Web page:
While nature inspires art every day, a new project would turn nature into art.
The Jefferson City Parks, Recreation and Forestry Department will ask for artist submissions to turn three tree stumps in Memorial Park into sculptures.
The department has already cut one tree down. The other two are still up and are near the main pavilion of the park.
Leann Porrello, cultural arts specialist, said people can find sculptures using tree stumps in other cities around the country, such as Chicago.
"Chicago does the Dead Tree Project, same project," she said. "The difference though is the Dead Tree Project is about taking random dead trees and turning them (into sculptures). We're being intentional with this because we know these have to come down."
Porrello said she went for calling it the Giving Tree Project after the "Giving Tree" book.
"We don't really want to call it the Dead Tree Project because it's about giving back to the community and giving trees life and turning them into something beautiful the community can love," she said.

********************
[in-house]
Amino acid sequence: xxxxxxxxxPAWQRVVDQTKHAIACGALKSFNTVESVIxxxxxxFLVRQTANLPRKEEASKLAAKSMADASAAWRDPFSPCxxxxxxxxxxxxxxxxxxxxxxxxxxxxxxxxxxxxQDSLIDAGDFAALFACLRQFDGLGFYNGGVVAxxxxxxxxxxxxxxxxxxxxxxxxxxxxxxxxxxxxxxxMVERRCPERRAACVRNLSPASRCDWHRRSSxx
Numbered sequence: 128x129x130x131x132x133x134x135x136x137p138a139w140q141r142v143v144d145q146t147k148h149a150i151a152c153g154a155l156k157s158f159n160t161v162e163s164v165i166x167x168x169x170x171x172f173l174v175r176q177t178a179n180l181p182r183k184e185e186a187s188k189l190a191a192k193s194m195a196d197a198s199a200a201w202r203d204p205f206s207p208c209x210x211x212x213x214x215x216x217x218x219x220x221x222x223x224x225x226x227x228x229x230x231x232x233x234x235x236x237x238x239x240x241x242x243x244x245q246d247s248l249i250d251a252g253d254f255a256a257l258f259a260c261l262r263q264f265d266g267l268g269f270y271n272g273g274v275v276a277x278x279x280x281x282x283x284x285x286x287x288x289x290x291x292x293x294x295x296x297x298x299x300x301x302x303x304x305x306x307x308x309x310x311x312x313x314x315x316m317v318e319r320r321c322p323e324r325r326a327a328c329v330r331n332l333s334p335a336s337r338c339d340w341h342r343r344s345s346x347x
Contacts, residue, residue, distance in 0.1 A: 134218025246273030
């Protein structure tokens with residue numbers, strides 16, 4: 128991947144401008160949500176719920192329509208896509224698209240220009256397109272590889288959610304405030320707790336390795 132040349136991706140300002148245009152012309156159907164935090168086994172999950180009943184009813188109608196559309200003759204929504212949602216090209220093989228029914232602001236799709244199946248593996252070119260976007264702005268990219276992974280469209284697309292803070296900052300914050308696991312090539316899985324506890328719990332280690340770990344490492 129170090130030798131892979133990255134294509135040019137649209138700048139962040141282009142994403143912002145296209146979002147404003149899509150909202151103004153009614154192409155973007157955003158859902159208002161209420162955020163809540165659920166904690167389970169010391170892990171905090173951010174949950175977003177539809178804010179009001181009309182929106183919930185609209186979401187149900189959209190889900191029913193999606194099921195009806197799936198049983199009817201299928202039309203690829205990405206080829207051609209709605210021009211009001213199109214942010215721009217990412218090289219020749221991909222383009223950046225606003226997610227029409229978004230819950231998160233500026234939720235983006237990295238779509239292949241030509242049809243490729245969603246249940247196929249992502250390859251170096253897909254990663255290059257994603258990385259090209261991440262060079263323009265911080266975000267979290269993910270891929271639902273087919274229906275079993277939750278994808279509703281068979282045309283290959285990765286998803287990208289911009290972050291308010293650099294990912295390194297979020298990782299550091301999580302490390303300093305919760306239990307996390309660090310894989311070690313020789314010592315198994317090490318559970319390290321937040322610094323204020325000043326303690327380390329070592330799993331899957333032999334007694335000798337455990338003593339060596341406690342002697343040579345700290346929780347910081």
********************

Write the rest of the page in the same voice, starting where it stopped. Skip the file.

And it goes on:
The trees are coming down anyway, she said, because of the fungal disease called Oak Wilt.
Over time, the fungus causes the tree to lose its leaves, become discolored and eventually die.
The stumps will be around 8 feet tall, Porrello said. While still big enough to be carved, the tree won't continue growing.
Old age is also a contributing factor, city forester Ray Wallace said.
The trees are already dead, he said, which means the roots aren't growing anymore and the stump will stay a stump.
Wallace said the disease is spread through the roots of the tree, which means it's hard to completely stop the spread, short of digging around every tree to cut the roots.
Wallace said the department became aware of the infection about a decade ago.
"This has been going on for years," he said. "Just like anything else, as we grow old, we get more weak and feeble and are attacked easier by disease. When we're stressed, we're more likely to get sick. Trees aren't much different."
Porrello said she estimates the sculptures will last at least three to five years, but potentially longer.
This won't be the first tree carving in Jefferson City.
In 1994, residents made a 6-foot-tall wood carving of Donald Duck, which sat at the intersection of West Main Street and Donald Avenue for at least nine years.
"I'm not from this town originally," Porrello said. "I guess it was a huge staple of peers of mine who grew up seeing it, driving by it every day."
Porrello said the goal is to unveil the new sculptures as part of an Earth Day event next year, which would include other activities around the "Giving Tree" book.